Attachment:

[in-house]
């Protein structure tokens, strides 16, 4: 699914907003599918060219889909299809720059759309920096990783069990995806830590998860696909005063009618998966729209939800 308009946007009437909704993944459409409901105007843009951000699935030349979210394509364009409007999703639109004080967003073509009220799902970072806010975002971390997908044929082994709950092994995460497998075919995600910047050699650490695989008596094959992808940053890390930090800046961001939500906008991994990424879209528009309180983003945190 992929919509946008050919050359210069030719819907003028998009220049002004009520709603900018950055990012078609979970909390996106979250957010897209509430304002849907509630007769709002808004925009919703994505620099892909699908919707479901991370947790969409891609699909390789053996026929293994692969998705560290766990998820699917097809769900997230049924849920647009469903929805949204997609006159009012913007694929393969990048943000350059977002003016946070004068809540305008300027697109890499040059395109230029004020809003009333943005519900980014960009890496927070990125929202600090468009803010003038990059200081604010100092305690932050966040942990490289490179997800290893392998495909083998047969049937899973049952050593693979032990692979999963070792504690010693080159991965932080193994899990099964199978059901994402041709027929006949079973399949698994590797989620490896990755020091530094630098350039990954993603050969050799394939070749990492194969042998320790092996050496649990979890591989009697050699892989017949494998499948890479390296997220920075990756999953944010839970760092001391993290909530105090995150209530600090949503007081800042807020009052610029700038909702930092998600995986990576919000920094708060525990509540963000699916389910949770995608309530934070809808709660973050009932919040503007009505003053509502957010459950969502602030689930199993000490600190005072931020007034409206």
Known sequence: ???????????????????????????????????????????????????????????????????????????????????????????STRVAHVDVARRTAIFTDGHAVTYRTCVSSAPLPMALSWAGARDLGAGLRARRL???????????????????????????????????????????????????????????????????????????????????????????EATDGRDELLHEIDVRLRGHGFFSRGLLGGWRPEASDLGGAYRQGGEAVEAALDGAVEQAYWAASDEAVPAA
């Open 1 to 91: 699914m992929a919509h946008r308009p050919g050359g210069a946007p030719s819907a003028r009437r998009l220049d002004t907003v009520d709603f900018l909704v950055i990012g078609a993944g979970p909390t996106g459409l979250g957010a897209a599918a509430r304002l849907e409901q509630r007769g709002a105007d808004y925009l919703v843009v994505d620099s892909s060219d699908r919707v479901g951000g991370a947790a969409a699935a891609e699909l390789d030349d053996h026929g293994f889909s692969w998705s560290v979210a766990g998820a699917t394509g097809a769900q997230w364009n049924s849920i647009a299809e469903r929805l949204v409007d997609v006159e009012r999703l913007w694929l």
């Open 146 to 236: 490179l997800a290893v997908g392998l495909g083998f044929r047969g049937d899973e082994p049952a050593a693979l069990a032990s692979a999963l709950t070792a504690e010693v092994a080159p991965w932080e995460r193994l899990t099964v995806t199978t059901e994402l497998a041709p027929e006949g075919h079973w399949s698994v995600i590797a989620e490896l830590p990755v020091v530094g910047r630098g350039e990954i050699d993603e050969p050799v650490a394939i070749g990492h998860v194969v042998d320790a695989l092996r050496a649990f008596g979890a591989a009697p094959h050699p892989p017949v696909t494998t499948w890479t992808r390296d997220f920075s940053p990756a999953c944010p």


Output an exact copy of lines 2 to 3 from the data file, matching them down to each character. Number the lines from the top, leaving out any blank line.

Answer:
């Protein structure tokens, strides 16, 4: 699914907003599918060219889909299809720059759309920096990783069990995806830590998860696909005063009618998966729209939800 308009946007009437909704993944459409409901105007843009951000699935030349979210394509364009409007999703639109004080967003073509009220799902970072806010975002971390997908044929082994709950092994995460497998075919995600910047050699650490695989008596094959992808940053890390930090800046961001939500906008991994990424879209528009309180983003945190 992929919509946008050919050359210069030719819907003028998009220049002004009520709603900018950055990012078609979970909390996106979250957010897209509430304002849907509630007769709002808004925009919703994505620099892909699908919707479901991370947790969409891609699909390789053996026929293994692969998705560290766990998820699917097809769900997230049924849920647009469903929805949204997609006159009012913007694929393969990048943000350059977002003016946070004068809540305008300027697109890499040059395109230029004020809003009333943005519900980014960009890496927070990125929202600090468009803010003038990059200081604010100092305690932050966040942990490289490179997800290893392998495909083998047969049937899973049952050593693979032990692979999963070792504690010693080159991965932080193994899990099964199978059901994402041709027929006949079973399949698994590797989620490896990755020091530094630098350039990954993603050969050799394939070749990492194969042998320790092996050496649990979890591989009697050699892989017949494998499948890479390296997220920075990756999953944010839970760092001391993290909530105090995150209530600090949503007081800042807020009052610029700038909702930092998600995986990576919000920094708060525990509540963000699916389910949770995608309530934070809808709660973050009932919040503007009505003053509502957010459950969502602030689930199993000490600190005072931020007034409206």
Known sequence: ???????????????????????????????????????????????????????????????????????????????????????????STRVAHVDVARRTAIFTDGHAVTYRTCVSSAPLPMALSWAGARDLGAGLRARRL???????????????????????????????????????????????????????????????????????????????????????????EATDGRDELLHEIDVRLRGHGFFSRGLLGGWRPEASDLGGAYRQGGEAVEAALDGAVEQAYWAASDEAVPAA